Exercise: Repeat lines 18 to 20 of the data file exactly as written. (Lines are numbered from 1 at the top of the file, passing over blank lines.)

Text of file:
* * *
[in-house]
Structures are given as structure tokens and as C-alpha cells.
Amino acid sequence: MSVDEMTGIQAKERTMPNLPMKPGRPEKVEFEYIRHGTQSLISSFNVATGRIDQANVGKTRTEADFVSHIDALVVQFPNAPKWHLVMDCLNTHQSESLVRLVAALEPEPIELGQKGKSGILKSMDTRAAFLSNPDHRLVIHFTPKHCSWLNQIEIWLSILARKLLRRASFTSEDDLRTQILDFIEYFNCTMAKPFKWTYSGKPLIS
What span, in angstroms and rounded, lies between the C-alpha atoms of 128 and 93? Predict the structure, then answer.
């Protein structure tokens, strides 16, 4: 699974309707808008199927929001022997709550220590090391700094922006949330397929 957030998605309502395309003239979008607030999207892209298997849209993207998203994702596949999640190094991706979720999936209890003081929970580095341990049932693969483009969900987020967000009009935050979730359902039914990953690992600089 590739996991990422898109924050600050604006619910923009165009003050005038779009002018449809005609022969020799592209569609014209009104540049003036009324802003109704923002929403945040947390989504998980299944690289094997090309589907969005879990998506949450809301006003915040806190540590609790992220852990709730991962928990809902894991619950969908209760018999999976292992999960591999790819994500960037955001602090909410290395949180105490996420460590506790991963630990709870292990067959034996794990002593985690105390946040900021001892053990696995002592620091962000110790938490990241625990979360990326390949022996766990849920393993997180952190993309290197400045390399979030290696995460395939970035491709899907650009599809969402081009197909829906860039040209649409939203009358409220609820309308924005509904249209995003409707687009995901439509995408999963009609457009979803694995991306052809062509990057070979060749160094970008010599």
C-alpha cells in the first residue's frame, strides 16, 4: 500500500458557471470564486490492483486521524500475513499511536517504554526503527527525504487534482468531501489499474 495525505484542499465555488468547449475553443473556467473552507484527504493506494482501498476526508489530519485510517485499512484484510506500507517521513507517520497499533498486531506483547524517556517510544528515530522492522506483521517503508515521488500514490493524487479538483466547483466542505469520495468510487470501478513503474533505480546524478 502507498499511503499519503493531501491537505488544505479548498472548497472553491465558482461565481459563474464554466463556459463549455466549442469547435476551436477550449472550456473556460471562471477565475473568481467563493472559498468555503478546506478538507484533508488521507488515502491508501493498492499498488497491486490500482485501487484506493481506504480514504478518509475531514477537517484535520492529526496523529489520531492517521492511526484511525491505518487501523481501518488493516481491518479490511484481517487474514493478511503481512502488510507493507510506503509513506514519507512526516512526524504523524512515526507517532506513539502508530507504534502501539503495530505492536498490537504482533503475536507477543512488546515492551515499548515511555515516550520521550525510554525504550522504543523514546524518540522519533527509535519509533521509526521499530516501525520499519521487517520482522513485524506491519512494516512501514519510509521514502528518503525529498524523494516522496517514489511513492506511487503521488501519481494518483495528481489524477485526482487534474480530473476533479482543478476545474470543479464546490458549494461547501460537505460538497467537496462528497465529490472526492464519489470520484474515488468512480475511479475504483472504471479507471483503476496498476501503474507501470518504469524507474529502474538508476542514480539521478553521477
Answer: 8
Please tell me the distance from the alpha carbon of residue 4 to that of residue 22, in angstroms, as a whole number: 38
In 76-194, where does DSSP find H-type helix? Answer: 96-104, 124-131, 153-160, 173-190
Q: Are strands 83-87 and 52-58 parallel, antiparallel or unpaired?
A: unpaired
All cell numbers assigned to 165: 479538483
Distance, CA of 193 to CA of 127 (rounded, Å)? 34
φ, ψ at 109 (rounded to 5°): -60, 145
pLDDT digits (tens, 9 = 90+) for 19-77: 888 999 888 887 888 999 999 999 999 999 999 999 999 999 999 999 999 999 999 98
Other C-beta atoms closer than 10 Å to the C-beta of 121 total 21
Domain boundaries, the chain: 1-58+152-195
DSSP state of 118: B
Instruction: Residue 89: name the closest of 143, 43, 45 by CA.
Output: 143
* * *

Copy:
DSSP state of 118: B
Instruction: Residue 89: name the closest of 143, 43, 45 by CA.
Output: 143